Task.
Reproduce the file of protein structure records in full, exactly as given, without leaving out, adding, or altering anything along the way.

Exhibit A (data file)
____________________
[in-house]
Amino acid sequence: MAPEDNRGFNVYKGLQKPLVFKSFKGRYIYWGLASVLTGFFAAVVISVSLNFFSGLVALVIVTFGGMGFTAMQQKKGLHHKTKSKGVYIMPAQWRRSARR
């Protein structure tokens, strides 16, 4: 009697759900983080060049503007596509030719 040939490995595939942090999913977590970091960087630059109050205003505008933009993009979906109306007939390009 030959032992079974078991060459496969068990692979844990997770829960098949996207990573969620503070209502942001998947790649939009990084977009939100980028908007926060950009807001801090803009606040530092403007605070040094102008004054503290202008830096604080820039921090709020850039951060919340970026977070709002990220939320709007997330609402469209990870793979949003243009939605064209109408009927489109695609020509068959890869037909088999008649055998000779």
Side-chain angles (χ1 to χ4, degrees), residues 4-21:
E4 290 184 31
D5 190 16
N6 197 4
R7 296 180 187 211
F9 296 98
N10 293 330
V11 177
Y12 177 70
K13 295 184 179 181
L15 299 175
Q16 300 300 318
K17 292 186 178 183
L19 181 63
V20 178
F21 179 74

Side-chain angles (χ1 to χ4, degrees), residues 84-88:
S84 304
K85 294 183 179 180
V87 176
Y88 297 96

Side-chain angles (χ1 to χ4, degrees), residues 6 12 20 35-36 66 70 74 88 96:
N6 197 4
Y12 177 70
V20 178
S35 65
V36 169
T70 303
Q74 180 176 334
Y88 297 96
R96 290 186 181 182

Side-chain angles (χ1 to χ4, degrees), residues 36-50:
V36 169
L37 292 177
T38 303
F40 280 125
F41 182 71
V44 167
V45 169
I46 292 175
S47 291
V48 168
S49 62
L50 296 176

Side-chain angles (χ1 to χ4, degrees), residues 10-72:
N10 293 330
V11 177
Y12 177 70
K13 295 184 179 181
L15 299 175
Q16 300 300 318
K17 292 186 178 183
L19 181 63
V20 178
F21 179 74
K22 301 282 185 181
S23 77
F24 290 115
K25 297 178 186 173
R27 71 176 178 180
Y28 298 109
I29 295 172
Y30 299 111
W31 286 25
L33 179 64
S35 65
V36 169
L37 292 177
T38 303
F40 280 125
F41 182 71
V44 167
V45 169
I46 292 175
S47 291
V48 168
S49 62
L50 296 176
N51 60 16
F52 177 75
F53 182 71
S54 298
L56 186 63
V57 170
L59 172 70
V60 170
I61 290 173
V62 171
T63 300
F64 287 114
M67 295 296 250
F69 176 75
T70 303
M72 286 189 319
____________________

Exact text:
[in-house]
Amino acid sequence: MAPEDNRGFNVYKGLQKPLVFKSFKGRYIYWGLASVLTGFFAAVVISVSLNFFSGLVALVIVTFGGMGFTAMQQKKGLHHKTKSKGVYIMPAQWRRSARR
């Protein structure tokens, strides 16, 4: 009697759900983080060049503007596509030719 040939490995595939942090999913977590970091960087630059109050205003505008933009993009979906109306007939390009 030959032992079974078991060459496969068990692979844990997770829960098949996207990573969620503070209502942001998947790649939009990084977009939100980028908007926060950009807001801090803009606040530092403007605070040094102008004054503290202008830096604080820039921090709020850039951060919340970026977070709002990220939320709007997330609402469209990870793979949003243009939605064209109408009927489109695609020509068959890869037909088999008649055998000779």
Side-chain angles (χ1 to χ4, degrees), residues 4-21:
E4 290 184 31
D5 190 16
N6 197 4
R7 296 180 187 211
F9 296 98
N10 293 330
V11 177
Y12 177 70
K13 295 184 179 181
L15 299 175
Q16 300 300 318
K17 292 186 178 183
L19 181 63
V20 178
F21 179 74

Side-chain angles (χ1 to χ4, degrees), residues 84-88:
S84 304
K85 294 183 179 180
V87 176
Y88 297 96

Side-chain angles (χ1 to χ4, degrees), residues 6 12 20 35-36 66 70 74 88 96:
N6 197 4
Y12 177 70
V20 178
S35 65
V36 169
T70 303
Q74 180 176 334
Y88 297 96
R96 290 186 181 182

Side-chain angles (χ1 to χ4, degrees), residues 36-50:
V36 169
L37 292 177
T38 303
F40 280 125
F41 182 71
V44 167
V45 169
I46 292 175
S47 291
V48 168
S49 62
L50 296 176

Side-chain angles (χ1 to χ4, degrees), residues 10-72:
N10 293 330
V11 177
Y12 177 70
K13 295 184 179 181
L15 299 175
Q16 300 300 318
K17 292 186 178 183
L19 181 63
V20 178
F21 179 74
K22 301 282 185 181
S23 77
F24 290 115
K25 297 178 186 173
R27 71 176 178 180
Y28 298 109
I29 295 172
Y30 299 111
W31 286 25
L33 179 64
S35 65
V36 169
L37 292 177
T38 303
F40 280 125
F41 182 71
V44 167
V45 169
I46 292 175
S47 291
V48 168
S49 62
L50 296 176
N51 60 16
F52 177 75
F53 182 71
S54 298
L56 186 63
V57 170
L59 172 70
V60 170
I61 290 173
V62 171
T63 300
F64 287 114
M67 295 296 250
F69 176 75
T70 303
M72 286 189 319